What if we’re stuck with Lori Lightfoot?
Not just for another year, but for another term. Would it really be so bad?
Let’s think this through.
Like you, I was hoping one of the usual suspects — Paul Vallas, Mike Quigley — would come charging into the mayor’s race, someone significant we could get excited about. And no, Willie Wilson tossing away fistfuls of cash doesn’t count.
But each potential savior took a long look at our churning municipal disaster, then fled.
Another kick to prostrate Chicago: a city so broken nobody even wants to run it.
Except Lightfoot, though yes, she goes about the task with the determined cringe of a cat owner squeegeeing up a particularly voluminous pool from a hardwood floor.
Can you blame her? Why would anybody want to be mayor of Chicago? It’s an impossible job.
Do you remember a successful, popular mayor? Me neither.
Do those two traits even go together? Effectiveness and popularity seem inverse qualities. Jane Byrne was a hot mess with no idea what she was doing. Yet Chicagoans were fond of her ... why? Personal style. Panache.
That’s what makes a mayor beloved. People embraced Harold Washington whether he got anything done or not. Richard J. Daley was so hated we forget how loved he was by the bungalow belt, who kept pictures of him in their living rooms, like he was the pope. All they ask is that the mayor reflect their own person. Then they can extend the blanket approval they give themselves.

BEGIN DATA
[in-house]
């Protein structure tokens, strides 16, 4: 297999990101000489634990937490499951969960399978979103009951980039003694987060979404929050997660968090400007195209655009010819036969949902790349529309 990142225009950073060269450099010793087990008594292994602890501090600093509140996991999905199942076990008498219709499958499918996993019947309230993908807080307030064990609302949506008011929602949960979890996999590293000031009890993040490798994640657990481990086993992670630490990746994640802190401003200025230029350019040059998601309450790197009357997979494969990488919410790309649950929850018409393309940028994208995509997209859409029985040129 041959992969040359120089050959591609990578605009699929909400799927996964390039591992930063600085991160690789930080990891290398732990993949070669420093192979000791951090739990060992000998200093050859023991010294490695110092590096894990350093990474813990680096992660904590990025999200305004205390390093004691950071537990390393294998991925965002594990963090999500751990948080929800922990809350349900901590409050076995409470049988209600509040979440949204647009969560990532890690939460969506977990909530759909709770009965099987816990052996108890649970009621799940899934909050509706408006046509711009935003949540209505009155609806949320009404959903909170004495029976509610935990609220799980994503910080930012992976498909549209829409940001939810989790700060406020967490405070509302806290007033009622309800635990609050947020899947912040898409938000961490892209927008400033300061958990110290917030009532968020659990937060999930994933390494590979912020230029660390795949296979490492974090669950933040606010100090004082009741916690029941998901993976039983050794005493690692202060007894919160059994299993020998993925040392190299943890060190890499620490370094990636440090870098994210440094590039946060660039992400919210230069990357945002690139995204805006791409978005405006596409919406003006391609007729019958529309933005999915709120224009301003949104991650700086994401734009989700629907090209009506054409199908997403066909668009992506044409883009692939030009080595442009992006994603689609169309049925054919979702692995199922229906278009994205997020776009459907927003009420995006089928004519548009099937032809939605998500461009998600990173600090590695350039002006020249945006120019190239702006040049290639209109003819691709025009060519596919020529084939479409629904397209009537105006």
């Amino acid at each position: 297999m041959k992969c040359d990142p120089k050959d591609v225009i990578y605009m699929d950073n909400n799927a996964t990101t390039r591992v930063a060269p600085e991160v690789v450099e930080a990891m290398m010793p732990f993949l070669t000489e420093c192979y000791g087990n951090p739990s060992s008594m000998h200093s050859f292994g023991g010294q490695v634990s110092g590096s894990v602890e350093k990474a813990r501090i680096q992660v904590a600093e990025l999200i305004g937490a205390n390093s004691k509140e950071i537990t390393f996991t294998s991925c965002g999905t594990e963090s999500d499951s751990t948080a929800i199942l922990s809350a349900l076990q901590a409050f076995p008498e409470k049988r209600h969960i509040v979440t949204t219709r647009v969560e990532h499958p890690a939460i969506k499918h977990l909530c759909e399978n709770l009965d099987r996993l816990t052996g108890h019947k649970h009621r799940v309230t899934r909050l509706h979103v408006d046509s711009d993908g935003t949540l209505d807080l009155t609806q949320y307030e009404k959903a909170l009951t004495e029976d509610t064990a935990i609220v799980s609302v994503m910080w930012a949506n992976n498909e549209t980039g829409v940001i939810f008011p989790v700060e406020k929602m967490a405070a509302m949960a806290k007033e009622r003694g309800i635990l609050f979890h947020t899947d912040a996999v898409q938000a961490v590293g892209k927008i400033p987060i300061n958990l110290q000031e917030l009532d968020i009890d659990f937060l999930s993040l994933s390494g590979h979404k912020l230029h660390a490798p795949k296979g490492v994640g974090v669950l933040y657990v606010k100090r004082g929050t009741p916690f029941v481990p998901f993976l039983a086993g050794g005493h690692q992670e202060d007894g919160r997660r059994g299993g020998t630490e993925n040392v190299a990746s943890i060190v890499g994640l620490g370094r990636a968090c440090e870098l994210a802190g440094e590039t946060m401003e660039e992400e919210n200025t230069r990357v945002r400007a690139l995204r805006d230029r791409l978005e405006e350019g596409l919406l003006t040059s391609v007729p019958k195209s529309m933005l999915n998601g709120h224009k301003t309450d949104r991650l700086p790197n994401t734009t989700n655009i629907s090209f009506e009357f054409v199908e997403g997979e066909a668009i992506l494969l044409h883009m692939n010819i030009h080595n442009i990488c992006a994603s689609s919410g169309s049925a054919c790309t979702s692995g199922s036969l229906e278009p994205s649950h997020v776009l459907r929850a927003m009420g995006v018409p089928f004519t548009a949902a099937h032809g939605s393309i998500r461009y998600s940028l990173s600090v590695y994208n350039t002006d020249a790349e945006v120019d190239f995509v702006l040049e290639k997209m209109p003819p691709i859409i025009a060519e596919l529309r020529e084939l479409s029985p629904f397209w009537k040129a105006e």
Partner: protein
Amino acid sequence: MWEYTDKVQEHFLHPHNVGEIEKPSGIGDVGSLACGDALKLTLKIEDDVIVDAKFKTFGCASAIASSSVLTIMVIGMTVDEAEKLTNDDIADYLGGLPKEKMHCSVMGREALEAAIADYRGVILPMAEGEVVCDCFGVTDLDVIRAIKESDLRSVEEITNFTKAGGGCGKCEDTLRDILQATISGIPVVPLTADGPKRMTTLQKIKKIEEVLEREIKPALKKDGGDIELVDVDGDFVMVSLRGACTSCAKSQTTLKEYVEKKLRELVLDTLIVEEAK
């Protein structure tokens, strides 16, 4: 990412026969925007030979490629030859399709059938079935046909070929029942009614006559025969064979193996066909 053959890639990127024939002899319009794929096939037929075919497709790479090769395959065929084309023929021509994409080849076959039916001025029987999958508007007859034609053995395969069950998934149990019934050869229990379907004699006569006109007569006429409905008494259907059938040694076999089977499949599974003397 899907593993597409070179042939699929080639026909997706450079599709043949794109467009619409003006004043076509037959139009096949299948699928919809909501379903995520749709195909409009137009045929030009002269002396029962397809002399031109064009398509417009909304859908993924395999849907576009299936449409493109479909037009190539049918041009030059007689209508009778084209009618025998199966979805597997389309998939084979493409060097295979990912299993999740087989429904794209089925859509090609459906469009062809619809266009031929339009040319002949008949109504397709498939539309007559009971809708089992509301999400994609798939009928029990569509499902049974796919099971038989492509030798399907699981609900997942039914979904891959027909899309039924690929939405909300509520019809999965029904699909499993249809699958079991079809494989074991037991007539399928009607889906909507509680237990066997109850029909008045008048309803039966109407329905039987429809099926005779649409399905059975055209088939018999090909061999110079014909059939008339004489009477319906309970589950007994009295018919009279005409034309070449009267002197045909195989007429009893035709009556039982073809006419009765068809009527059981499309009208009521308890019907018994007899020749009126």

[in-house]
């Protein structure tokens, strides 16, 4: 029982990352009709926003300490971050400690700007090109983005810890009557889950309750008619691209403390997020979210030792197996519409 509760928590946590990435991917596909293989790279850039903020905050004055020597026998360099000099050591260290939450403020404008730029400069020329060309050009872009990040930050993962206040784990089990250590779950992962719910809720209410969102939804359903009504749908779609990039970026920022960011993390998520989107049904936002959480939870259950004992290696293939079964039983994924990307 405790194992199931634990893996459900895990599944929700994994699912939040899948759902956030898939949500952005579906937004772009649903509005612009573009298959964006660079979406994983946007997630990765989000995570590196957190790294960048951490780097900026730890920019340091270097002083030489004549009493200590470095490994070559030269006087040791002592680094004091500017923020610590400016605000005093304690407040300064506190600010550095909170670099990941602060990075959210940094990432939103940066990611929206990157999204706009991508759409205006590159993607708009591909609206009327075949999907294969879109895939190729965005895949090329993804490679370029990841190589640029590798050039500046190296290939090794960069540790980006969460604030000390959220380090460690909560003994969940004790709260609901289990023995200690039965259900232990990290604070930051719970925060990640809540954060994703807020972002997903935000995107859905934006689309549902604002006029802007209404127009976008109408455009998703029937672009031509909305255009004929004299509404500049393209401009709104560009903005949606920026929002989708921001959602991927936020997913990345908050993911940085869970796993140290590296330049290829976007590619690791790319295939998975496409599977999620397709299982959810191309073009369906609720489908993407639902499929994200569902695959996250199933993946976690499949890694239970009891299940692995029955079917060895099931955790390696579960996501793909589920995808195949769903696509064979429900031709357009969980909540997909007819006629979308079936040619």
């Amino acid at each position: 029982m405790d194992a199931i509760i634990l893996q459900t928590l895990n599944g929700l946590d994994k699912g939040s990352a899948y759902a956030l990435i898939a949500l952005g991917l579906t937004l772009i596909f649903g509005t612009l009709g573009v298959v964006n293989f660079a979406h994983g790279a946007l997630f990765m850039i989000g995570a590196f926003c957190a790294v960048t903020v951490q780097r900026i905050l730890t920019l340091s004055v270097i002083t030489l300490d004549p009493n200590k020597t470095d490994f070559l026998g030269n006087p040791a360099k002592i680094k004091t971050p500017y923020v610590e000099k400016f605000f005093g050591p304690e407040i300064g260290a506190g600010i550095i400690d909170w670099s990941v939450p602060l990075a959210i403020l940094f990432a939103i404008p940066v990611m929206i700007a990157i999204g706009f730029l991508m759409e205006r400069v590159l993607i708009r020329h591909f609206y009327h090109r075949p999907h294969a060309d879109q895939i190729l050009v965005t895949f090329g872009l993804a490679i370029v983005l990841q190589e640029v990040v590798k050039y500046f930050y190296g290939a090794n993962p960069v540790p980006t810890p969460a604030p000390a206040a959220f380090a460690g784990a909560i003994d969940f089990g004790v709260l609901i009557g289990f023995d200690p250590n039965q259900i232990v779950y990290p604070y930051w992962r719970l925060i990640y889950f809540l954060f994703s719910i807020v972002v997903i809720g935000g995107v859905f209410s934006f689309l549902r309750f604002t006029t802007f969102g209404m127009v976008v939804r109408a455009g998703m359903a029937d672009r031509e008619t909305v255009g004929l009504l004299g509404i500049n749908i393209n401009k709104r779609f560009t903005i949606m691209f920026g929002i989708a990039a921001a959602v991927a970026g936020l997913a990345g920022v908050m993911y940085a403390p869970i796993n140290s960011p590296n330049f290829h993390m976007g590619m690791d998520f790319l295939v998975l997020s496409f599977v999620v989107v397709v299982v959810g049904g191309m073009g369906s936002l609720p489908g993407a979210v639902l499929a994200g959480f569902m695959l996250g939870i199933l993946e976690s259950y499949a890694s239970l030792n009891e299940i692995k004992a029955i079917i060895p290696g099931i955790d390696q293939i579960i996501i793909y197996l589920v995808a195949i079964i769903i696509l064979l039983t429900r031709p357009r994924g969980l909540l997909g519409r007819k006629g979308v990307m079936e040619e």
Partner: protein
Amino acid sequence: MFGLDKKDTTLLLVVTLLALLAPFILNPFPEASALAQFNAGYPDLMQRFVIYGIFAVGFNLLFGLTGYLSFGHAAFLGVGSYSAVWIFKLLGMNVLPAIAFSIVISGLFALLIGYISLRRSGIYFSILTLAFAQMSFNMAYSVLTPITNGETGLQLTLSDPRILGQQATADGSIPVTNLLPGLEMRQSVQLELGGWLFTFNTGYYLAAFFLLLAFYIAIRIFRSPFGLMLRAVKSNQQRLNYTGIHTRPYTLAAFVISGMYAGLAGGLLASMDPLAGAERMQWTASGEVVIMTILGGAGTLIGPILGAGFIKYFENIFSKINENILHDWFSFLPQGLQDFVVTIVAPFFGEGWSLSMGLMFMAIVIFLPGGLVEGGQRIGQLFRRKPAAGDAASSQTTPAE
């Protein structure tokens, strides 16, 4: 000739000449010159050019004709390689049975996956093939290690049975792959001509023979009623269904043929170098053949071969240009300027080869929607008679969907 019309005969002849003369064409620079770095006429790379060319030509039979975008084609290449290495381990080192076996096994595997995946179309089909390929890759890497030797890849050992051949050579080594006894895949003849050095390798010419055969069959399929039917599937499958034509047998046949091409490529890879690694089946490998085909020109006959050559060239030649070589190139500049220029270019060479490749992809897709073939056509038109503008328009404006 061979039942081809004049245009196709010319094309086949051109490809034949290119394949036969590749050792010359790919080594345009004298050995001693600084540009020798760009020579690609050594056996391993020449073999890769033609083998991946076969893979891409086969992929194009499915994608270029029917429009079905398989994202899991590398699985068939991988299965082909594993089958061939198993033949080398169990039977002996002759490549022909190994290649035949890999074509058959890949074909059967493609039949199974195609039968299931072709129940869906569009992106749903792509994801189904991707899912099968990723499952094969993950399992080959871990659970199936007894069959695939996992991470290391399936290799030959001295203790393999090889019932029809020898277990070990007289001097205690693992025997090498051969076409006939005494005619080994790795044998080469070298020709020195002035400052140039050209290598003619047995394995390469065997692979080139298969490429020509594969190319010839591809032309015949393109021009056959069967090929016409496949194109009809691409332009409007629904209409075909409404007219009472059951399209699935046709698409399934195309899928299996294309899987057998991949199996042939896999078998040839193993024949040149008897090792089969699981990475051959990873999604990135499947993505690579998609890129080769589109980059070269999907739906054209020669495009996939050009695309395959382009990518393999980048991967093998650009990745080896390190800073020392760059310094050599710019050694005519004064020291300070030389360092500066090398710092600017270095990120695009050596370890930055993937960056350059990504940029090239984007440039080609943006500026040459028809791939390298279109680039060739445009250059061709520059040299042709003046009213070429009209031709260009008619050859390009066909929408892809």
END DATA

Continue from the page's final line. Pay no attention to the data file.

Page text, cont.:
Do Chicagoans have to like their mayor? Not really. Rahm Emanuel was an abrasive jerk. But he created the Riverwalk, a cool addition to downtown. Many folks didn’t particularly like Richie Daley, an entitled princeling brought up behind the high walls of his Bridgeport purdah. He hurt Chicago, giving away the parking meters, the Skyway and bus stops in ludicrously bad deals.
But the Bean! And Millennium Park! All is forgiven.
That’s what Lightfoot needs. I reached out to her office to inquire what kind of glittering bauble the mayor plans to bestow upon the city in gratitude for her second term. The answer filtered back — it isn’t like she’d talk to me — to the effect that she looks with pride at the progress she’s made in each of Chicago’s 77 distinct communities.
See? That’s so Lori, I glanced over my shoulder, expecting a laugh track, the canned “Oh Lori!” groan.
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